NBA Players Rally on Twitter in Support of Derrick Rose While Awaiting News

Zach BuckleyNational NBA Featured ColumnistNovember 23, 2013

USA Today

A torn ACL in his left knee cost Derrick Rose the entire 2012-13 season, and now the basketball world is holding its collective breath after a non-contact injury in his right knee has clouded his 2013-14 campaign.

Late in the third quarter of the Chicago Bulls' 98-95 loss to the Portland Trail Blazers on Friday, Rose injured his knee while trying to plant and change direction.

He couldn't put any weight on his right leg as Bulls trainers helped him back to the locker room. Rose was later seen leaving the arena on crutches:

Bulls coach Tom Thibodeau said after the game that the former MVP would undergo an MRI on Saturday, via K.C. Johnson of the Chicago Tribune. The full extent of the injury won't be clear until those results are released.

But that hasn't stopped Rose's NBA brothers from taking to Twitter to send out their hopes for the hobbled superstar. His former teammates let him know that their thoughts are with him:

Other players sought help from a higher power:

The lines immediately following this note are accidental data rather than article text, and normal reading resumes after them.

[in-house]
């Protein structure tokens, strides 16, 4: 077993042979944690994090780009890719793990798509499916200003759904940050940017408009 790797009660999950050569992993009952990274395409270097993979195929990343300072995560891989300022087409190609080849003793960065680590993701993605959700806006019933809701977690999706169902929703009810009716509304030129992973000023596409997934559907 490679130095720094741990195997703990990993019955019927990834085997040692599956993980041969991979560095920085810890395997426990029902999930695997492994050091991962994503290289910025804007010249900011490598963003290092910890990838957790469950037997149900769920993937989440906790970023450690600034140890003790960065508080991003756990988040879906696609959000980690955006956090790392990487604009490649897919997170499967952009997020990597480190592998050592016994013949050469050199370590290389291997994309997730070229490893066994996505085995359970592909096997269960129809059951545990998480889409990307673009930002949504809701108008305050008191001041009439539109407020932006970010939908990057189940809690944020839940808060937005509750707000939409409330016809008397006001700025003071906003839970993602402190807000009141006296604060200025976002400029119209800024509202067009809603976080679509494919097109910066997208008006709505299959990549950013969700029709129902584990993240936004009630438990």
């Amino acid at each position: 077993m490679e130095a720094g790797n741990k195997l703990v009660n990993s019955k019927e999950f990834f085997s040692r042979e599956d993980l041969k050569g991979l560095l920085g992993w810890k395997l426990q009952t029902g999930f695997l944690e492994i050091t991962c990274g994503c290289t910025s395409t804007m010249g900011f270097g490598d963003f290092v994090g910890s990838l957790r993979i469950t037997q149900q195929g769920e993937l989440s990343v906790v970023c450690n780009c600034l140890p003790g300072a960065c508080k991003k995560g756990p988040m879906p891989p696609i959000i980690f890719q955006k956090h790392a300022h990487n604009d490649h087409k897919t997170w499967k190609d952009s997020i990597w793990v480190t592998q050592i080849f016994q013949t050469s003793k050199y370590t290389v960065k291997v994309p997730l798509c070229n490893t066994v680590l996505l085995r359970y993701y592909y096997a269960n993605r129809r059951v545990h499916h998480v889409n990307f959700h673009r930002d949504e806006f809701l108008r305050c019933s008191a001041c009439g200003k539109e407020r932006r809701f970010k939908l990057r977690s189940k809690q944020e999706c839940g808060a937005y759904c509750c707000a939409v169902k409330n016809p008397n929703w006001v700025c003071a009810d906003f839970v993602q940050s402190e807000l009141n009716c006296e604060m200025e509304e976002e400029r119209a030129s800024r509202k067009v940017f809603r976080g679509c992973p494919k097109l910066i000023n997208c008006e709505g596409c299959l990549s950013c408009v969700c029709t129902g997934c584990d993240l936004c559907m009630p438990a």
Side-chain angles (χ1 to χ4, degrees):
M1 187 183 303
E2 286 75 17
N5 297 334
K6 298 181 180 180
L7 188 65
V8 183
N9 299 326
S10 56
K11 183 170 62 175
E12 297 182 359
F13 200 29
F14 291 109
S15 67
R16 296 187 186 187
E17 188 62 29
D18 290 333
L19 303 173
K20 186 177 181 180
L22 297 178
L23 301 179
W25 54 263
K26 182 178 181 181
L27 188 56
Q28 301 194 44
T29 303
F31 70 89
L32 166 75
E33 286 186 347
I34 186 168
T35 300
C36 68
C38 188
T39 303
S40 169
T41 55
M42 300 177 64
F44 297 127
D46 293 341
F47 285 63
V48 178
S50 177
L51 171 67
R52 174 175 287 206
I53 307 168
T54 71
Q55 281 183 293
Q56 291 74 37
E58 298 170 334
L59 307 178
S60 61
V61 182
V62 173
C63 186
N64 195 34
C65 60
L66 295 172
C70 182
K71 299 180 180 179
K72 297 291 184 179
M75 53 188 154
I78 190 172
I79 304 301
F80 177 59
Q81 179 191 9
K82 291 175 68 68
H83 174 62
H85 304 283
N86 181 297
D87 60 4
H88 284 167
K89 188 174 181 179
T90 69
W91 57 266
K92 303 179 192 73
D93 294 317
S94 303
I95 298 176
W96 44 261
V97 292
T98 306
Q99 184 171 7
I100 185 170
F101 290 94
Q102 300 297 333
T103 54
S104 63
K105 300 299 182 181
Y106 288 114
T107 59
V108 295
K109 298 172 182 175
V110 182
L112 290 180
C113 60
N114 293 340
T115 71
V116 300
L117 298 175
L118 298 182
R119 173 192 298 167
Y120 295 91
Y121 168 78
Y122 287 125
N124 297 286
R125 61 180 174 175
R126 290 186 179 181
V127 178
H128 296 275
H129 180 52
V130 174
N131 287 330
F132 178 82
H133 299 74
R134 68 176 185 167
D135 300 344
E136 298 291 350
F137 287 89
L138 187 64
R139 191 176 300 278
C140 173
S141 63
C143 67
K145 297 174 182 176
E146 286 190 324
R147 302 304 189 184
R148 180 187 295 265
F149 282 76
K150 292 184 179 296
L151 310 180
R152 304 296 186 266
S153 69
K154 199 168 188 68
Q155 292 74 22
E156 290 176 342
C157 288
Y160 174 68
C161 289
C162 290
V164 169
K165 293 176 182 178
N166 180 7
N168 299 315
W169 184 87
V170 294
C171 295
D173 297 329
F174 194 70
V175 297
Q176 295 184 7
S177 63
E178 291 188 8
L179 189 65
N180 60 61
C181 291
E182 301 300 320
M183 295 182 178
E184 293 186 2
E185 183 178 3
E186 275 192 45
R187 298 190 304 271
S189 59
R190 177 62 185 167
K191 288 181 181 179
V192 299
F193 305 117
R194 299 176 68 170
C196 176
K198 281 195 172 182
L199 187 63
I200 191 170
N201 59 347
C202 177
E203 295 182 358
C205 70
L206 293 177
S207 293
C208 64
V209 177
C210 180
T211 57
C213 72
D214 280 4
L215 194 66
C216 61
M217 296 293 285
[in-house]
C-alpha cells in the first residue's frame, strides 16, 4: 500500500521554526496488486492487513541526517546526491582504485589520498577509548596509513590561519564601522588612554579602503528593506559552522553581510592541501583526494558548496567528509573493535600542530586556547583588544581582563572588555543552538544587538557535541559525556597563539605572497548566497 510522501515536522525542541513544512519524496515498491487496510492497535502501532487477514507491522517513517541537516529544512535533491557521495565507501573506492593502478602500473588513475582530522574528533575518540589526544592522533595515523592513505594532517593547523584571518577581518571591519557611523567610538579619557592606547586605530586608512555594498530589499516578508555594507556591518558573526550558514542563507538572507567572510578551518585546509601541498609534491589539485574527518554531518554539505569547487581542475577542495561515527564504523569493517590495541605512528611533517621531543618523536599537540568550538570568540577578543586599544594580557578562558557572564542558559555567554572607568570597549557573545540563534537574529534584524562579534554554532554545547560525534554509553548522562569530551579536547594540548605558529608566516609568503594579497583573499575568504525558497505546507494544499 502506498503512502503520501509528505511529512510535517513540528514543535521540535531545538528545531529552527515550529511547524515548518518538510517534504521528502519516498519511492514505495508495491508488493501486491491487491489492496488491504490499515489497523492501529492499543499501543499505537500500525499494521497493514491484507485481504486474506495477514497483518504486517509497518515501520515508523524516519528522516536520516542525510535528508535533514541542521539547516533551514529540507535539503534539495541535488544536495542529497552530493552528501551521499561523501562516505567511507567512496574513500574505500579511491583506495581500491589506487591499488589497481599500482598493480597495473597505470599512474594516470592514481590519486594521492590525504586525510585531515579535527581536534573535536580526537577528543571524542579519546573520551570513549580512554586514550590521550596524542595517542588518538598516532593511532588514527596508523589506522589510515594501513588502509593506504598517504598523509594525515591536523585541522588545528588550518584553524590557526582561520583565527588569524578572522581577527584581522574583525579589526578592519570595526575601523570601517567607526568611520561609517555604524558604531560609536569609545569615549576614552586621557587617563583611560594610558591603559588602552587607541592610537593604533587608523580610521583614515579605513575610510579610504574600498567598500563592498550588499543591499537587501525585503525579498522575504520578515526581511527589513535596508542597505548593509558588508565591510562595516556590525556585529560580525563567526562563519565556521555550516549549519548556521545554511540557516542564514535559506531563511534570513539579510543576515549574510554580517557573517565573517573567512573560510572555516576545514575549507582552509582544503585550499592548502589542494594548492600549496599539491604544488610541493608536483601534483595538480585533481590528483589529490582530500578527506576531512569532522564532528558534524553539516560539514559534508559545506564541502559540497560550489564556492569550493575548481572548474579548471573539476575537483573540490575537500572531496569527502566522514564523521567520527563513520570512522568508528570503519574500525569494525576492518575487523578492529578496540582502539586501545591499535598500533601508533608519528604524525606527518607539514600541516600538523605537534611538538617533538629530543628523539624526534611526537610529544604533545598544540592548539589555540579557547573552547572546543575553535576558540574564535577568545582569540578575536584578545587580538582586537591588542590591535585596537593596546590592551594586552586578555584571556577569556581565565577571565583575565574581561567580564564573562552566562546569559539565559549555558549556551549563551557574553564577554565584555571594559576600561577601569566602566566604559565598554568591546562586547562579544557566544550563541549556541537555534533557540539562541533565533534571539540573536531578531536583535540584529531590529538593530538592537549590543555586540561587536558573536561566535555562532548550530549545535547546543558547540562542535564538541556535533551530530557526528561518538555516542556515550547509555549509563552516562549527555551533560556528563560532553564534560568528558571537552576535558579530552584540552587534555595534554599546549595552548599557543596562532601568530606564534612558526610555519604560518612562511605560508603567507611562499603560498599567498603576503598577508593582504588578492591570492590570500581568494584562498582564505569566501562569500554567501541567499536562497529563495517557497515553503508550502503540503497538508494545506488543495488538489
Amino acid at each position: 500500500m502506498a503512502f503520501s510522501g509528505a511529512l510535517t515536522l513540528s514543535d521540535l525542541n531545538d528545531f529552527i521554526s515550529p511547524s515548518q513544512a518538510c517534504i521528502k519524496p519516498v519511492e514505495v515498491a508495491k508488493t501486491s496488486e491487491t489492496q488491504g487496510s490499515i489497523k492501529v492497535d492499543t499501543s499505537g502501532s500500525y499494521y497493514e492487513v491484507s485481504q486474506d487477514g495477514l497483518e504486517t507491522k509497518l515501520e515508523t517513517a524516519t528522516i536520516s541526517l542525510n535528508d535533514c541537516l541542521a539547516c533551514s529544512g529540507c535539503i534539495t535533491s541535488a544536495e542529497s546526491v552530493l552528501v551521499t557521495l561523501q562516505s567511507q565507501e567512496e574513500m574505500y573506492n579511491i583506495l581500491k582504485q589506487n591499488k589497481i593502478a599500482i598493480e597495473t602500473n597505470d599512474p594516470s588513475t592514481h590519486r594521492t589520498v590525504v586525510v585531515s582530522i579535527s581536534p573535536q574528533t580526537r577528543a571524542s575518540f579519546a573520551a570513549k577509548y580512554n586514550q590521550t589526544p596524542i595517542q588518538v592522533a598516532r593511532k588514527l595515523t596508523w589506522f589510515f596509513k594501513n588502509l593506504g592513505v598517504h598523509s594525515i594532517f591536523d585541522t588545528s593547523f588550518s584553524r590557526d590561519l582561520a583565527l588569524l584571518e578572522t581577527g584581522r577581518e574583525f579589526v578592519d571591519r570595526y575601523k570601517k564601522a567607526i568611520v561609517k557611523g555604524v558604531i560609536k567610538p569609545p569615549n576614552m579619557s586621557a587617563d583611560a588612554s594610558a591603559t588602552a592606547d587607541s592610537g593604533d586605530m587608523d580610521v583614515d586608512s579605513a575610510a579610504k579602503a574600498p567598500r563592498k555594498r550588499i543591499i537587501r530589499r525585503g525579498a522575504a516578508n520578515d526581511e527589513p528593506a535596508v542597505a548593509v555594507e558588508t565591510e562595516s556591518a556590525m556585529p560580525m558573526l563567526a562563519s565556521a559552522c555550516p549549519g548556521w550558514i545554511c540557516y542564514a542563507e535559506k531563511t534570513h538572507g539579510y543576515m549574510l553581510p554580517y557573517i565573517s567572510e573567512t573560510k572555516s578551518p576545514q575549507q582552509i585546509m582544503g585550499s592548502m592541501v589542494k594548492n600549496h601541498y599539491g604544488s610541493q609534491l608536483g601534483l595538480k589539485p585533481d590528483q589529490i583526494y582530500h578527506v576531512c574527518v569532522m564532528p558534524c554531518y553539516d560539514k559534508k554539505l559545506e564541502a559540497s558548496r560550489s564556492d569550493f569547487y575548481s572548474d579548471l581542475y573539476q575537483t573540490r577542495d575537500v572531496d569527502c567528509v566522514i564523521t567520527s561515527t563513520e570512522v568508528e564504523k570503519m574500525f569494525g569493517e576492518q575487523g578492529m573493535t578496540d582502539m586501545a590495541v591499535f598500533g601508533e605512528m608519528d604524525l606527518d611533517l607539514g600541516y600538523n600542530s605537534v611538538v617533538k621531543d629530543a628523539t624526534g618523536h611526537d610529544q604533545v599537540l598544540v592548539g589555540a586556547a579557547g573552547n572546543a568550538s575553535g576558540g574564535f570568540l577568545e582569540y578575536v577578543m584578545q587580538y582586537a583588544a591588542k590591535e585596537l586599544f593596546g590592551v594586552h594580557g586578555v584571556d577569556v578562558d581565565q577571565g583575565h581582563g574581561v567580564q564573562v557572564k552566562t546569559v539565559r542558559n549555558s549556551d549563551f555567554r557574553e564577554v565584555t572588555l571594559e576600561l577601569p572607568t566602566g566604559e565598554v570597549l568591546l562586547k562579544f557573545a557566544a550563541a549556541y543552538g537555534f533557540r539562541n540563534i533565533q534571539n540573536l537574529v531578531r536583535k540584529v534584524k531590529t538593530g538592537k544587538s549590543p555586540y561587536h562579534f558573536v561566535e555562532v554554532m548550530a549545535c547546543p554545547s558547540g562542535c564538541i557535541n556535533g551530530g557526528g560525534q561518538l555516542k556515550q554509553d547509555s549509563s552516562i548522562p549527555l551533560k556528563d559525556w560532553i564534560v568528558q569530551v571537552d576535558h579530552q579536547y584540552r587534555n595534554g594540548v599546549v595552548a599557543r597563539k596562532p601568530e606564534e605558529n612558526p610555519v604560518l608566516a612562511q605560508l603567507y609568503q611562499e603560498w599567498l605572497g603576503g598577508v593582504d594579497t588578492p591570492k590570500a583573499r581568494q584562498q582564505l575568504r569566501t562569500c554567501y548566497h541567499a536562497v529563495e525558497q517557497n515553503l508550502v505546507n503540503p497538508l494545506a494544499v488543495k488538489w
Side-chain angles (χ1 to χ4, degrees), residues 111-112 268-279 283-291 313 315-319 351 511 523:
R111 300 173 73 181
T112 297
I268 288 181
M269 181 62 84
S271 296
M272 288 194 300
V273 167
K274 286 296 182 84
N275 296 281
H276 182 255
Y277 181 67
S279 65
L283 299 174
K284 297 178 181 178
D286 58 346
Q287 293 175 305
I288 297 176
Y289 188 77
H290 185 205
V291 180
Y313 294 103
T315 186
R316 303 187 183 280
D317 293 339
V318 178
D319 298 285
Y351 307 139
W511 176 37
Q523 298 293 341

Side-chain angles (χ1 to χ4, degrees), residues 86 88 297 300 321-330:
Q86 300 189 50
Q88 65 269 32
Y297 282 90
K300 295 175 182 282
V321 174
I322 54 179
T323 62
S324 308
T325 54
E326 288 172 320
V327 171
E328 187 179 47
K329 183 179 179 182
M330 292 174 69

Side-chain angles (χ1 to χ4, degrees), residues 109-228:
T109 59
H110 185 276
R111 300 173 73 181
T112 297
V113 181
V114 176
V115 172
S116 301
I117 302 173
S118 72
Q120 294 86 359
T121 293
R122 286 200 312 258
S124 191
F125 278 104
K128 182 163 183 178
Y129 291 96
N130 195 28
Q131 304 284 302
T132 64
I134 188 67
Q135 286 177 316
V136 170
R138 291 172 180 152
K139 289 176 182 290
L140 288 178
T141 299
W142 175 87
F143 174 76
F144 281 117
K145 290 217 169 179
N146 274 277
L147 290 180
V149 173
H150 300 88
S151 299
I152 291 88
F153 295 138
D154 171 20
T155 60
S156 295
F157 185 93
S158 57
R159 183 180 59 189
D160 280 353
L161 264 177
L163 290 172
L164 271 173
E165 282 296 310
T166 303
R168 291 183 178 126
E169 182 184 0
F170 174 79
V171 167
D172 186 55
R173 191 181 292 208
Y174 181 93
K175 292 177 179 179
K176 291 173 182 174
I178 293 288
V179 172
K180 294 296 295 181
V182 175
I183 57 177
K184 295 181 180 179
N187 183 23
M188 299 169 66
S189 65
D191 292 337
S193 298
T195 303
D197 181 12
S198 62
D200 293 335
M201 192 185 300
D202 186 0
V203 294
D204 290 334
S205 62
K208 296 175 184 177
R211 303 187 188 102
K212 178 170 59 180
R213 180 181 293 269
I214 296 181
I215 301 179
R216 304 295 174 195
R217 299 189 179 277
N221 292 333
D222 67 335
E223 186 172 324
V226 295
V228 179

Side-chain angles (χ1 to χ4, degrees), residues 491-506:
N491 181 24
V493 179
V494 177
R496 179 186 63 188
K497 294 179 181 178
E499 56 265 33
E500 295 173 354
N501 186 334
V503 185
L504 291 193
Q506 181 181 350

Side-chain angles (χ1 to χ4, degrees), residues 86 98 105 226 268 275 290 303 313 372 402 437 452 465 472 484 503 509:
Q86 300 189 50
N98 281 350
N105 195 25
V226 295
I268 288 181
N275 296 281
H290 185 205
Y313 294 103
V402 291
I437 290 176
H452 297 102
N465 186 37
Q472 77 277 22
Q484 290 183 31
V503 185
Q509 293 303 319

Rivalries were put aside:

Box scores were forgotten:

This was bigger than basketball, too great to be measured by just the wins and losses columns.

Players understand that any injury could be a severe one, and they know the physical and mental anguish Rose went through just last season.

"I know he’s a strong guy who worked extremely hard this summer to get his body right, working out every day,” Taj Gibson said after the game, via Johnson. “So it sucks that it had to happen."

It sucks when it happens to anyone, but this feels like a particularly cruel twist of fate. Rose seemed like he was finally starting to scrape off the rust from his rehab, and now his season hinges on some test results.

There's nothing left for the basketball community to do but follow the lead of these players. Cross our fingers, bow our heads and simply hope for the best.

Superstars like Rose don't come around often. Losing him—again—would be a tremendous blow for hoops fans across the globe.